Report: League’s New Proposal Will Move Toward 70-Plus Games at 80-85% Prorated Pay

Major League Baseball is expected to present the MLB Players Association with a new financial proposal Friday, something commissioner Rob Manfred said would be responsive to the players’ demands. That does not mean, however, that owners are willing to pay full prorated salaries over the entirety of a “longer” season.

According to Karl Ravech of ESPN, who was highly critical of the owners during his coverage of the recently concluded draft, Friday’s proposal will be for “roughly 70 plus games” at “80-85 percent of pro rata.” There would also be a playoff bonus pool, which has ranged from $250-400 million in previous proposals, presumably with a postseason that features 16 teams.

This is a slightly different look from previous proposals, all of which have been built around a total payroll target of roughly $1.5 billion or less. Not coincidentally, the first and third proposals both came in at $1.43 billion. So this new one has to be a lot better, right? Not exactly.

A 70-game season at 80% pay amounts to — wait for it — $1.46 billion, nearly the exact same as we’ve seen already. Ravech’s report has a little flex in it, though, so we could even be looking at something as high as 75 games at 85% pay, for a total payroll of around $1.66 billion. Even if we assume the playoff bonus pool is baked into that figure as it has been in previous proposals, it’s at least a little bit higher.

But how much would owners really be saving? The difference between 75 games at full pay ($1.95B) and 80% pay ($1.56B) is $290 million, or $9.67 million per team. It’s only $6.3 million per team if owners are willing to push to 85% over that time, so we’re now talking about minimal differences.

Ravech notes the concerns with recent spikes in COVID-19 across multiple states, which could cause another stoppage or at least prevent fans from attending as early or in as high a percentage as possible. Remember, this whole kerfuffle over pay is based on the idea that revenues will be further suppressed by the absence of fans in the stands. Never mind that both parties should have known when they made that late March agreement that fans would not be at games.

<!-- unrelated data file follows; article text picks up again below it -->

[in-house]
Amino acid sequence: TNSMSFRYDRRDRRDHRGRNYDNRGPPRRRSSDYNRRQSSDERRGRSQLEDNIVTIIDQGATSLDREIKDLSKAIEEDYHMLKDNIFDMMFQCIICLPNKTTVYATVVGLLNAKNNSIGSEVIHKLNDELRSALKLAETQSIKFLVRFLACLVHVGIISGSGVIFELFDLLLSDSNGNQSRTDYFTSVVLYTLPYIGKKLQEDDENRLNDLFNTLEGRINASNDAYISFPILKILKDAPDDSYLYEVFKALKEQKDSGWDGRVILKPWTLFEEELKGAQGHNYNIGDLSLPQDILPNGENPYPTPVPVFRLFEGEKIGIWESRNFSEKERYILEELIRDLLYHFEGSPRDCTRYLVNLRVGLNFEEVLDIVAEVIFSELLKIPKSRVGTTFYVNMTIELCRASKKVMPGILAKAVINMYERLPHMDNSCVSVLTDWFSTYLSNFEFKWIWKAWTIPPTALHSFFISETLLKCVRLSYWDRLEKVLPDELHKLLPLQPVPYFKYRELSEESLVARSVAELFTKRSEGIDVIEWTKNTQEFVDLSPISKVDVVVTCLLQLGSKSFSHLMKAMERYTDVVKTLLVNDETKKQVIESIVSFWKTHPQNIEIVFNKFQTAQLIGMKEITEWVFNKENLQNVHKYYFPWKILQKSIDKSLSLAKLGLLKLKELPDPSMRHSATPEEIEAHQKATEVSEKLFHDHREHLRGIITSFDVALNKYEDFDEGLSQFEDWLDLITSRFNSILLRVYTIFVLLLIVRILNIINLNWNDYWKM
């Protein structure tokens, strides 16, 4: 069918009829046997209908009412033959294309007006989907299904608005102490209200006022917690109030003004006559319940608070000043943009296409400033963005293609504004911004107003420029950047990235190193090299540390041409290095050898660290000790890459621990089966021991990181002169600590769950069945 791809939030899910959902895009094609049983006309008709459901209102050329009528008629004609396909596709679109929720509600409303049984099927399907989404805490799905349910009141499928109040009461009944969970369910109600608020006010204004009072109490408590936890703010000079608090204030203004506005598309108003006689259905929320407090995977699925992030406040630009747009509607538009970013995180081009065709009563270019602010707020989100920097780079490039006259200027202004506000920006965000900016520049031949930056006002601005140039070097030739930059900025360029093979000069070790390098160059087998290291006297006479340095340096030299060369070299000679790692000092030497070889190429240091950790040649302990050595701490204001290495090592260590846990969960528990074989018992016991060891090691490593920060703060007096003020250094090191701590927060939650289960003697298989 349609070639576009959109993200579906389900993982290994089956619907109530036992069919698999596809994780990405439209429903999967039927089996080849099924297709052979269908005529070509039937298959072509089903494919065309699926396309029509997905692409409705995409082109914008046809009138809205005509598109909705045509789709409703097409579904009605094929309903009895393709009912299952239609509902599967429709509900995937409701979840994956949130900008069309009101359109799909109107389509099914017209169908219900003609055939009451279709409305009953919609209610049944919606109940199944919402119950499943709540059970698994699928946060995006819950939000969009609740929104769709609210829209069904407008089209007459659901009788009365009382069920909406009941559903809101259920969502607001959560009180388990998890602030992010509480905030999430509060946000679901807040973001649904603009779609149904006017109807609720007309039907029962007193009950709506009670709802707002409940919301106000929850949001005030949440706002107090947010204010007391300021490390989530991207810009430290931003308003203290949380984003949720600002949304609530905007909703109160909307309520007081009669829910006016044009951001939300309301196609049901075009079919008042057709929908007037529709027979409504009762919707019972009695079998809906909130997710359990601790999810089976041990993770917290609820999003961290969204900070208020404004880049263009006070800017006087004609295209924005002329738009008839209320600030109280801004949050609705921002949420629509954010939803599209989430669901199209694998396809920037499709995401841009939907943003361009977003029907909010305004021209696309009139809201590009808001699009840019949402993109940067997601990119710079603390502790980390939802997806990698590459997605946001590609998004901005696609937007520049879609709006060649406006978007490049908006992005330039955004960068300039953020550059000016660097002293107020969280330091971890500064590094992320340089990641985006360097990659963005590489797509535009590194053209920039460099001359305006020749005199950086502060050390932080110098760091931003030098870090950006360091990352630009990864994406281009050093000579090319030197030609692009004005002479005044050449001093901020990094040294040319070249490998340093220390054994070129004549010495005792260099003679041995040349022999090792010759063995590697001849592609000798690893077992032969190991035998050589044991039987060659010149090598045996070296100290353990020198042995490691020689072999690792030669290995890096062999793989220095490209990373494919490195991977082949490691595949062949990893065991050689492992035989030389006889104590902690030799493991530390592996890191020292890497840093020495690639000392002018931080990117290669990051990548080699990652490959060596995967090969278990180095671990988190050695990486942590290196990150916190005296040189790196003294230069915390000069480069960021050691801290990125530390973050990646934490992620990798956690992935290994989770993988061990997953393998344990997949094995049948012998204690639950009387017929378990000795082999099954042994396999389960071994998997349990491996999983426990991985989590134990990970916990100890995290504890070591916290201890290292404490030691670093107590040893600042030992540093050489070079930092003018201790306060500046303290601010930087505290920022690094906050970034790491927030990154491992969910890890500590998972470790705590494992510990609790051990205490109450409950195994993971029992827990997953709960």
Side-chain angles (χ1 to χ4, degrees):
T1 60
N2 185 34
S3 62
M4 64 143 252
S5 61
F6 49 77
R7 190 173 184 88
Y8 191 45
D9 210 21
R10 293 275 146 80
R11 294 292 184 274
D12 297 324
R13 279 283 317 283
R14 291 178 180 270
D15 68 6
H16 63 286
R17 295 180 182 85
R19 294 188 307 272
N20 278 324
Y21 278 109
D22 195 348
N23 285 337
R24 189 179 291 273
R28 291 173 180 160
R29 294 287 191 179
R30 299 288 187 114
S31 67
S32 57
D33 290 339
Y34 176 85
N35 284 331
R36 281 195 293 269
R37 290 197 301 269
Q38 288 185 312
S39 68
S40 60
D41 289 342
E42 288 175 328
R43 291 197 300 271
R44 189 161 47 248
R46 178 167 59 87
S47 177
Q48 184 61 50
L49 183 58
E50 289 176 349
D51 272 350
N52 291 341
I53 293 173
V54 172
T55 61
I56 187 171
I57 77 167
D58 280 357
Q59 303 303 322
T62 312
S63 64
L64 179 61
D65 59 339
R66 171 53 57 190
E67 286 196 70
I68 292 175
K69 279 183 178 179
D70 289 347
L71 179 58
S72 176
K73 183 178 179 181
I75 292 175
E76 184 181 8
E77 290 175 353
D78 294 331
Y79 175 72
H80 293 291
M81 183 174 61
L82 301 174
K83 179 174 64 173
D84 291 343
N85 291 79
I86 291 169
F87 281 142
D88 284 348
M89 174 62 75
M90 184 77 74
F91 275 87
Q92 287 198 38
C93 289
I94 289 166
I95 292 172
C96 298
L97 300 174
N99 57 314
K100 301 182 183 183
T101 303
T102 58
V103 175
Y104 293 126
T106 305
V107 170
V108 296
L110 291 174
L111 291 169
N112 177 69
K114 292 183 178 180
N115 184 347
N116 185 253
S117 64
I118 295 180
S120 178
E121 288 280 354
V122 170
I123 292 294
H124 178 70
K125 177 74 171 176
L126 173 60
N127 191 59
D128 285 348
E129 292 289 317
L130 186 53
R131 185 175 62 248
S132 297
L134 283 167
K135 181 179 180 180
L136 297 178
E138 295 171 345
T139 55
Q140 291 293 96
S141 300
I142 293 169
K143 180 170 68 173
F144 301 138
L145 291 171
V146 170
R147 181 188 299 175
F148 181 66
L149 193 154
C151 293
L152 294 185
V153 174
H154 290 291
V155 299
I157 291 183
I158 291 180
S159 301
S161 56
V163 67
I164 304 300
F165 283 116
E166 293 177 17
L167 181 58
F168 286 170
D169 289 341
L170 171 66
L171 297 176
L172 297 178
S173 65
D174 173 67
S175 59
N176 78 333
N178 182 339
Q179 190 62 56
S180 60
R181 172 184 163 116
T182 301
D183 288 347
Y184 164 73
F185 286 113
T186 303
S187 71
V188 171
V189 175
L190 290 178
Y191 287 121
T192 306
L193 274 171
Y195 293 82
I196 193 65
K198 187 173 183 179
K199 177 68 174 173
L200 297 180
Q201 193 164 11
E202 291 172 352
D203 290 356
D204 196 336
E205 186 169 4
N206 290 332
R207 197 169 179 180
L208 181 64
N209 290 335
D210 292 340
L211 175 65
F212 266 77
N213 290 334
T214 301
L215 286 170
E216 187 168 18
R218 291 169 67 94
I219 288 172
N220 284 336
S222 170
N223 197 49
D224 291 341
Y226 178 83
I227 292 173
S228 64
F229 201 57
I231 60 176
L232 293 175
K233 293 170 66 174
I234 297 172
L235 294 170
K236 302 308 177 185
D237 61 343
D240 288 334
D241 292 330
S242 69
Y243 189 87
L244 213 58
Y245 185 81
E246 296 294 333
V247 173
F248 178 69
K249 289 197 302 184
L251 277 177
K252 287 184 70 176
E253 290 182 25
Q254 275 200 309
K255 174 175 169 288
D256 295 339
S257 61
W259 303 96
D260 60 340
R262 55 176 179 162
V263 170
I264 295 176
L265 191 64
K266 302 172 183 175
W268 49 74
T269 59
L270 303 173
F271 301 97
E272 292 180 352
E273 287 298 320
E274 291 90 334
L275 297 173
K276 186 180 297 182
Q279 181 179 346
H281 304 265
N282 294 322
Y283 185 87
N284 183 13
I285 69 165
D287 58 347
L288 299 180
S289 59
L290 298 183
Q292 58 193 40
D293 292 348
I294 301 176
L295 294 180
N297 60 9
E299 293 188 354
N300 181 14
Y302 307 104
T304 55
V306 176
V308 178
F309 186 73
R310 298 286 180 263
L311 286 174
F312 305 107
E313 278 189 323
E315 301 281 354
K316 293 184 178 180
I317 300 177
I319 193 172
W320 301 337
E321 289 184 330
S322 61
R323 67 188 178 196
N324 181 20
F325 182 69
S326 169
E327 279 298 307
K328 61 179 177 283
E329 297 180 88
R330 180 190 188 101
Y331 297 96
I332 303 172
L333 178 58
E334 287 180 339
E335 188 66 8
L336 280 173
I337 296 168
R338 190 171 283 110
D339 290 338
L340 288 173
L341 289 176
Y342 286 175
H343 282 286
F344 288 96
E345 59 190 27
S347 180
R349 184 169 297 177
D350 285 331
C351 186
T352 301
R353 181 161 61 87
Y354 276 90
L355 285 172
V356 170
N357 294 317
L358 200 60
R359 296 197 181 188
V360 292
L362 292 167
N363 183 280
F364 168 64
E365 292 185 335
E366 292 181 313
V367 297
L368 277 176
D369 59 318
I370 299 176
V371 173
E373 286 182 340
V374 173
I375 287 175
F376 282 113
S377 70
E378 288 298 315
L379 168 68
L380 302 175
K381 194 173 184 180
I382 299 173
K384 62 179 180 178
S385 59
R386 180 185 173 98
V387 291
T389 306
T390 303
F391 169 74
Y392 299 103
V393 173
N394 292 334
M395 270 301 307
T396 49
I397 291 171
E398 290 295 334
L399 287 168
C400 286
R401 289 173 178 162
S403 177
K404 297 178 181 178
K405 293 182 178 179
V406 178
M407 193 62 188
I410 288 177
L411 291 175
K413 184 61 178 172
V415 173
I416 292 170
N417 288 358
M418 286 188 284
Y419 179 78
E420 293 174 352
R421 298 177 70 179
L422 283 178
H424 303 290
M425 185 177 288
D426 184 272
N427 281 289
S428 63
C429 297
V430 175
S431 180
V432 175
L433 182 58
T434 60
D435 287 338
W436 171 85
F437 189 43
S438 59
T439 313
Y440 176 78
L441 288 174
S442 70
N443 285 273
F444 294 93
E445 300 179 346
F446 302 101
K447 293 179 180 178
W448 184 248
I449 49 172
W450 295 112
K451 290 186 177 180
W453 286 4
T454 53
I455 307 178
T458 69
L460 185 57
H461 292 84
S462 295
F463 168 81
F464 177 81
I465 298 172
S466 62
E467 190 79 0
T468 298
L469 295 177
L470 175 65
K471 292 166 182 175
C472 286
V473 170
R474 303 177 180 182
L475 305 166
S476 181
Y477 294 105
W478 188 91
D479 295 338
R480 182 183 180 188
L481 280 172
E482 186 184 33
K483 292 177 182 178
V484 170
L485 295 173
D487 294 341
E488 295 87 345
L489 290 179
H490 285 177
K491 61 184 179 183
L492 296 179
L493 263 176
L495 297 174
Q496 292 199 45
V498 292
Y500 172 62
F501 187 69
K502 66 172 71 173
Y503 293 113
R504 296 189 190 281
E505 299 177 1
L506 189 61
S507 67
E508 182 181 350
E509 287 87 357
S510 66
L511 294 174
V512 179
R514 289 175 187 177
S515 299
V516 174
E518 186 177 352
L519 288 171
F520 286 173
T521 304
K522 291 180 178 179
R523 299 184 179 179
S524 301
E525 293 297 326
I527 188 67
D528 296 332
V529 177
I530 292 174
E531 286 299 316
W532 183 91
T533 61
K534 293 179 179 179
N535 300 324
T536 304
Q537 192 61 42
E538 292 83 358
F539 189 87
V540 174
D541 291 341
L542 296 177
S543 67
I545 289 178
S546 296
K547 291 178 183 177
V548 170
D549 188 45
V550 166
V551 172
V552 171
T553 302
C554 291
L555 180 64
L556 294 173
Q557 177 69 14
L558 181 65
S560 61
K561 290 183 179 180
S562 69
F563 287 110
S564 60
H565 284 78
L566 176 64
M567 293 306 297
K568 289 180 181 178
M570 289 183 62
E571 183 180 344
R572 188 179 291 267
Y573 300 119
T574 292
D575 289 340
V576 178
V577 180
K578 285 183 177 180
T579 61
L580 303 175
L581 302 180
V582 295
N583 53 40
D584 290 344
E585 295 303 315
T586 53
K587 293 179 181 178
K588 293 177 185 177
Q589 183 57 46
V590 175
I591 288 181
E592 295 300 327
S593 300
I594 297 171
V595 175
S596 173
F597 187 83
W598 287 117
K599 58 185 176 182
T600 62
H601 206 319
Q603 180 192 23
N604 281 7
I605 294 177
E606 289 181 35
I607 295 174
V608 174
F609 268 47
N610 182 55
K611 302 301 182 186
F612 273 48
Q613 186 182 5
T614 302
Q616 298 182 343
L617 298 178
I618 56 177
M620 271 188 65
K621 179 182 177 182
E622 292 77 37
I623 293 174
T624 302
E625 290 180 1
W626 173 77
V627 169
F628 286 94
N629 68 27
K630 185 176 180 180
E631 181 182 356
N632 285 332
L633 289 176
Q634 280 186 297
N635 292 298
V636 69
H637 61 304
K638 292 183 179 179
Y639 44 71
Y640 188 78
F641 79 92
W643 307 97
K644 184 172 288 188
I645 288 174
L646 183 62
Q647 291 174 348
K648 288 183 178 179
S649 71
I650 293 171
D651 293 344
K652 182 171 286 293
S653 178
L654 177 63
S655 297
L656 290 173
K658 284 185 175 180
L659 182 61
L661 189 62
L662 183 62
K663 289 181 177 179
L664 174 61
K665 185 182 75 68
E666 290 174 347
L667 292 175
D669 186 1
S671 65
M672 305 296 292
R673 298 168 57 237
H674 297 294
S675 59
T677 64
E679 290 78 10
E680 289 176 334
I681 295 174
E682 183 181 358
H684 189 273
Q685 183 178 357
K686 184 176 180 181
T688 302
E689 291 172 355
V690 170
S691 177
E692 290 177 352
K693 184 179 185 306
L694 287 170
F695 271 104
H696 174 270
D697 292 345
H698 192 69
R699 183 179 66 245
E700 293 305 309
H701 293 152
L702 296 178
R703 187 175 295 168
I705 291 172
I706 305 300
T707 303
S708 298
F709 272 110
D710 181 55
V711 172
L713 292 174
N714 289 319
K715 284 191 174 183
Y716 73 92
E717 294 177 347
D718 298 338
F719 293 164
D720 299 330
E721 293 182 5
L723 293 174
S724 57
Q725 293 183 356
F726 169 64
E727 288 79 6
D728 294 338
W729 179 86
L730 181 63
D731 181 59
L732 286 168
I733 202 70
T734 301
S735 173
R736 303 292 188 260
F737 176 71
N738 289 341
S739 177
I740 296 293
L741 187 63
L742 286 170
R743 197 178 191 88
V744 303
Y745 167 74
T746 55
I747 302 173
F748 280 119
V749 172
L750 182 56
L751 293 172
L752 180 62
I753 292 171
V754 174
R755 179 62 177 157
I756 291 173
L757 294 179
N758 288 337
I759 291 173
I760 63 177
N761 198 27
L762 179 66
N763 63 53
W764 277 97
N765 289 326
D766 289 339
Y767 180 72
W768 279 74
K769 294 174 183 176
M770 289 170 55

There’s also the idea that fans may indeed be allowed in some capacity, with Texas saying stadiums can operate at 50% capacity once the season resumes. MLB has said it’ll allow teams to determine those attendance parameters based on the guidance of local health authorities, so the premise of losing all revenue from gate and concessions really doesn’t fly.

Yet another potentially damning contradiction is the owners’ contention that the regular season has to end on September 27 in order to preserve postseason broadcast schedules. But wait, wouldn’t an expanded postseason slate do exactly that? The addition of three more playoff teams in each league would require additional broadcasts and time, even if the opening rounds are structured as play-in games.

Unless the actual proposal ends up being significantly better than what Ravech tweeted Friday morning, we’re looking at just a few days before Manfred just has to mandate something the players are forced to either take or leave. All because the owners have remained stubbornly anchored to a number.

Update: Jon Heyman tweeted that the proposal will be for 72 games for more than 80% pay if there’s a postseason. The playoff bonus pool is also expected to be smaller, which is a function of the regular season portion of the proposal being significantly greater than the 50% we’ve seen so far.

For what it’s worth, 72 games at 85% pay comes out to $1.59 billion and would represent a savings of about $9.33 million per team over going with full salaries.

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